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New views of male pelvic anatomy: role of computer-generated 3D images.
Clin Anat. 2004 Apr; 17(3):261-71.CA

Abstract

There is considerable controversy concerning the role of cadaveric dissection in teaching gross anatomy and the potential of using 3D computer-generated images to substitute for actual laboratory dissections. There are currently few high-quality 3D virtual models of anatomy available to evaluate the utility of computer-generated images. Existing 3D models are frequently of structures that are easily examined in three dimensions by removal from the cadaver, i.e., the heart, skull, and brain. We have focused on developing a 3D model of the pelvis, a region that is conceptually difficult and relatively inaccessible for student dissection. We feel students will benefit tremendously from 3D views of the pelvic anatomy. We generated 3D models of the male pelvic anatomy from hand-segmented color Visible Human Male cryosection data, reconstructed and visualized by Columbia University's in-house 3D Vesalius trade mark Visualizer.(1) These 3D models depict the anatomy of the region in a realistic true-to-life color and texture. They can be used to create 3D anatomical scenes, with arbitrary complexity, where the component anatomical structures are displayed in correct 3D anatomical relationships. Moreover, a sequence of 3D scenes can be defined to simulate actual dissection. Structures can be added in a layered sequence from the bony framework to build from the "inside-out" or disassembled much like a true laboratory dissection from the "outside-in." These 3D reconstructed anatomical models can provide views of the structures from new perspectives and have the potential to improve understanding of the anatomical relationships of the pelvic region (http://www.cellbiology.lsuhsc.edu/People/Faculty/Venuti_Figures/movie_index.html).

Authors+Show Affiliations

Office of Scholarly Resources, Columbia University College of Physicians and Surgeons, New York, New York, USA. jvenut@lsuhsc.eduNo affiliation info availableNo affiliation info available

Pub Type(s)

Journal Article

Language

eng

PubMed ID

15042576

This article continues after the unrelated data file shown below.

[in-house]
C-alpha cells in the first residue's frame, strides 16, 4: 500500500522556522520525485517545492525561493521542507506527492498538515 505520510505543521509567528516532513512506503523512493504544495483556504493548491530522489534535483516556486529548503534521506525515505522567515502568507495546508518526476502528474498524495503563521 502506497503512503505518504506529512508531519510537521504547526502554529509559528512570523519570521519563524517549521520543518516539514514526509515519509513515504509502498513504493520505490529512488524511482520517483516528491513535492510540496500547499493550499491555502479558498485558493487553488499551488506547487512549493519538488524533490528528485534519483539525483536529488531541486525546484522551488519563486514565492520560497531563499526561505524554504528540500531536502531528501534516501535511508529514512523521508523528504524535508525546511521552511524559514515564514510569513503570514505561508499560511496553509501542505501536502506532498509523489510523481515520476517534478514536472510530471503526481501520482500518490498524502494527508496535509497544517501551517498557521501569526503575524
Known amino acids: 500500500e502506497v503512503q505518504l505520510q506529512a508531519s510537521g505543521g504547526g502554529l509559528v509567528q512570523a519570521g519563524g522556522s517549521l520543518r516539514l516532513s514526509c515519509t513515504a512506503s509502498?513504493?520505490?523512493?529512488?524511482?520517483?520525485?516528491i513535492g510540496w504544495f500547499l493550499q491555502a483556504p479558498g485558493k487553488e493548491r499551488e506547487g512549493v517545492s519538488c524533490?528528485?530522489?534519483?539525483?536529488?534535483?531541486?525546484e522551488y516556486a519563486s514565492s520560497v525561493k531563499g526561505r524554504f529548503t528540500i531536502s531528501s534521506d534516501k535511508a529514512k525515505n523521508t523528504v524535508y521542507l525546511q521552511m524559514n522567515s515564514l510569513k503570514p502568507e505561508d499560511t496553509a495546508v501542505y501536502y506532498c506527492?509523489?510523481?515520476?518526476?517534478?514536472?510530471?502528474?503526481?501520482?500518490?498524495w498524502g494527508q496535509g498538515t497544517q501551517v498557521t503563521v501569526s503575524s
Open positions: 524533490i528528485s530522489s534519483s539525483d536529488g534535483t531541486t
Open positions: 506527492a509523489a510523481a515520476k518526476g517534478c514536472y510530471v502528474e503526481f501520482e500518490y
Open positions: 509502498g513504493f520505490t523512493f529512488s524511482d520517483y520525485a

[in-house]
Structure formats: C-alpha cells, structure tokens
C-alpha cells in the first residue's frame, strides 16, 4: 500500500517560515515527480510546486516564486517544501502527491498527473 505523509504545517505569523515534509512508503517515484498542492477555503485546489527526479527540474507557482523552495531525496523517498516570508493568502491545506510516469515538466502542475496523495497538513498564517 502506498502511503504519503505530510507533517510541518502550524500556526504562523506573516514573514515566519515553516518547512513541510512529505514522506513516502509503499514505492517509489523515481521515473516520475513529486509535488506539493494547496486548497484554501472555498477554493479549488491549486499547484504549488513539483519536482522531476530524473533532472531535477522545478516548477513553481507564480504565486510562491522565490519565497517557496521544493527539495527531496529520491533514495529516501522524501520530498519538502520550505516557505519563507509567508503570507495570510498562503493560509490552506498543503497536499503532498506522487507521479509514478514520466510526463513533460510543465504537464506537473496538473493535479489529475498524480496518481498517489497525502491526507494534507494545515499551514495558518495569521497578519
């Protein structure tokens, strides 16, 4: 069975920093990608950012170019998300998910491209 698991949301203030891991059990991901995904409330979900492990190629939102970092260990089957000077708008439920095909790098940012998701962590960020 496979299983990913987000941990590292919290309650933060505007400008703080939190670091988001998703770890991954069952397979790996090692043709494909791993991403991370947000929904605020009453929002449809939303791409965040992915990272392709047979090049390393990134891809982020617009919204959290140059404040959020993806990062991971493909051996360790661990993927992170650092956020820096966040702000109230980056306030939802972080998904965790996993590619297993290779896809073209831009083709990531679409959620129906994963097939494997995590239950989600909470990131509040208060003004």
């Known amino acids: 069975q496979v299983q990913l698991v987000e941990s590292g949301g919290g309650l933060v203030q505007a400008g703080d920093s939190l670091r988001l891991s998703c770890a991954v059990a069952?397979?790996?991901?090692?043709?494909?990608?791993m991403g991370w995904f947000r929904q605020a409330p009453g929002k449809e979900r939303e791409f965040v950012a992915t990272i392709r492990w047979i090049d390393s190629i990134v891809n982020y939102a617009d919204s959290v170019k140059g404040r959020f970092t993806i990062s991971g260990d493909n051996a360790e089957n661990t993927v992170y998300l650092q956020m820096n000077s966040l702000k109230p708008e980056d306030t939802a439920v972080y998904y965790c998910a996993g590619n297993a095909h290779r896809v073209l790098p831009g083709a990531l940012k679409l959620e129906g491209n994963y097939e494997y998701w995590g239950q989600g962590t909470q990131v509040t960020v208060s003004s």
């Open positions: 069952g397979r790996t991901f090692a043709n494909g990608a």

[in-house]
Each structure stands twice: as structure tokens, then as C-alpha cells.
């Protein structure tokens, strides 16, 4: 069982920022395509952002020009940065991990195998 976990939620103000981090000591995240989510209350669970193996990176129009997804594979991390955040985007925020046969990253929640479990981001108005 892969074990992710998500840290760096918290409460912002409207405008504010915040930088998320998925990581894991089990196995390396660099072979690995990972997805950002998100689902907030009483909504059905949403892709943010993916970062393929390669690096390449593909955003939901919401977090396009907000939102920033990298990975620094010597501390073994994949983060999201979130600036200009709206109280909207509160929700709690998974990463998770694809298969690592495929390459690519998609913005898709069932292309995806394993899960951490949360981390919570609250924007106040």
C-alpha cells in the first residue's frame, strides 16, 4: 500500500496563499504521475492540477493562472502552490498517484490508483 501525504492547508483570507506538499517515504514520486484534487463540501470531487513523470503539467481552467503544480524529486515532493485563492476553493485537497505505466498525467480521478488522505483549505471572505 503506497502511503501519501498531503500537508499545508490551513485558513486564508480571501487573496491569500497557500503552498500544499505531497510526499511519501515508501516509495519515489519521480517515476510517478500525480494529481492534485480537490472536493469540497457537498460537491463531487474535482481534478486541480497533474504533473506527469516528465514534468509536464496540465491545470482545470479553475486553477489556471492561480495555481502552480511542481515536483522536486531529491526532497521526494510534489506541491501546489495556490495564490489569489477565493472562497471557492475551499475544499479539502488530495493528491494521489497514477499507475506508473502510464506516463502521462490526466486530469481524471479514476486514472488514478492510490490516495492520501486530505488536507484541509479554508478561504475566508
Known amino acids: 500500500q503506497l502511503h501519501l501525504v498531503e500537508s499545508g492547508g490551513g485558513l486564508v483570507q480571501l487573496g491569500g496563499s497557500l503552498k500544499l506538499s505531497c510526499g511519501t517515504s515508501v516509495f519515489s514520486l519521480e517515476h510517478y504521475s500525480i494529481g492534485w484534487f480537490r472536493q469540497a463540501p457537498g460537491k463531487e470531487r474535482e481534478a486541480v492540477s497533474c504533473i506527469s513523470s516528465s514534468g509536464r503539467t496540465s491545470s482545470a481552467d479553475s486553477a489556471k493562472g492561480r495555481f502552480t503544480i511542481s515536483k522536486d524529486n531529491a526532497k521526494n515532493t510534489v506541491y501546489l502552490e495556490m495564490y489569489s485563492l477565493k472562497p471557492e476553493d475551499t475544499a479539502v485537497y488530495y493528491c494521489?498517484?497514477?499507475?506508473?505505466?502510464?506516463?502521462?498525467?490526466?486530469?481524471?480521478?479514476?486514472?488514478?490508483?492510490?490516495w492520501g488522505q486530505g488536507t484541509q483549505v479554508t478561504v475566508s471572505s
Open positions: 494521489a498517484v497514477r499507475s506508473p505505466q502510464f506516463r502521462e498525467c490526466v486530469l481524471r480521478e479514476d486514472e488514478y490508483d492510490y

Citation

Venuti, Judith M., et al. "New Views of Male Pelvic Anatomy: Role of Computer-generated 3D Images." Clinical Anatomy (New York, N.Y.), vol. 17, no. 3, 2004, pp. 261-71.
Venuti JM, Imielinska C, Molholt P. New views of male pelvic anatomy: role of computer-generated 3D images. Clin Anat. 2004;17(3):261-71.
Venuti, J. M., Imielinska, C., & Molholt, P. (2004). New views of male pelvic anatomy: role of computer-generated 3D images. Clinical Anatomy (New York, N.Y.), 17(3), 261-71.
Venuti JM, Imielinska C, Molholt P. New Views of Male Pelvic Anatomy: Role of Computer-generated 3D Images. Clin Anat. 2004;17(3):261-71. PubMed PMID: 15042576.
* Article titles in AMA citation format should be in sentence-case
TY - JOUR T1 - New views of male pelvic anatomy: role of computer-generated 3D images. AU - Venuti,Judith M, AU - Imielinska,Celina, AU - Molholt,Pat, PY - 2004/3/26/pubmed PY - 2004/9/24/medline PY - 2004/3/26/entrez SP - 261 EP - 71 JF - Clinical anatomy (New York, N.Y.) JO - Clin Anat VL - 17 IS - 3 N2 - There is considerable controversy concerning the role of cadaveric dissection in teaching gross anatomy and the potential of using 3D computer-generated images to substitute for actual laboratory dissections. There are currently few high-quality 3D virtual models of anatomy available to evaluate the utility of computer-generated images. Existing 3D models are frequently of structures that are easily examined in three dimensions by removal from the cadaver, i.e., the heart, skull, and brain. We have focused on developing a 3D model of the pelvis, a region that is conceptually difficult and relatively inaccessible for student dissection. We feel students will benefit tremendously from 3D views of the pelvic anatomy. We generated 3D models of the male pelvic anatomy from hand-segmented color Visible Human Male cryosection data, reconstructed and visualized by Columbia University's in-house 3D Vesalius trade mark Visualizer.(1) These 3D models depict the anatomy of the region in a realistic true-to-life color and texture. They can be used to create 3D anatomical scenes, with arbitrary complexity, where the component anatomical structures are displayed in correct 3D anatomical relationships. Moreover, a sequence of 3D scenes can be defined to simulate actual dissection. Structures can be added in a layered sequence from the bony framework to build from the "inside-out" or disassembled much like a true laboratory dissection from the "outside-in." These 3D reconstructed anatomical models can provide views of the structures from new perspectives and have the potential to improve understanding of the anatomical relationships of the pelvic region (http://www.cellbiology.lsuhsc.edu/People/Faculty/Venuti_Figures/movie_index.html). SN - 0897-3806 UR - https://www.unboundmedicine.com/medline/citation/15042576/New_views_of_male_pelvic_anatomy:_role_of_computer_generated_3D_images_ L2 - https://doi.org/10.1002/ca.10233 DB - PRIME DP - Unbound Medicine ER -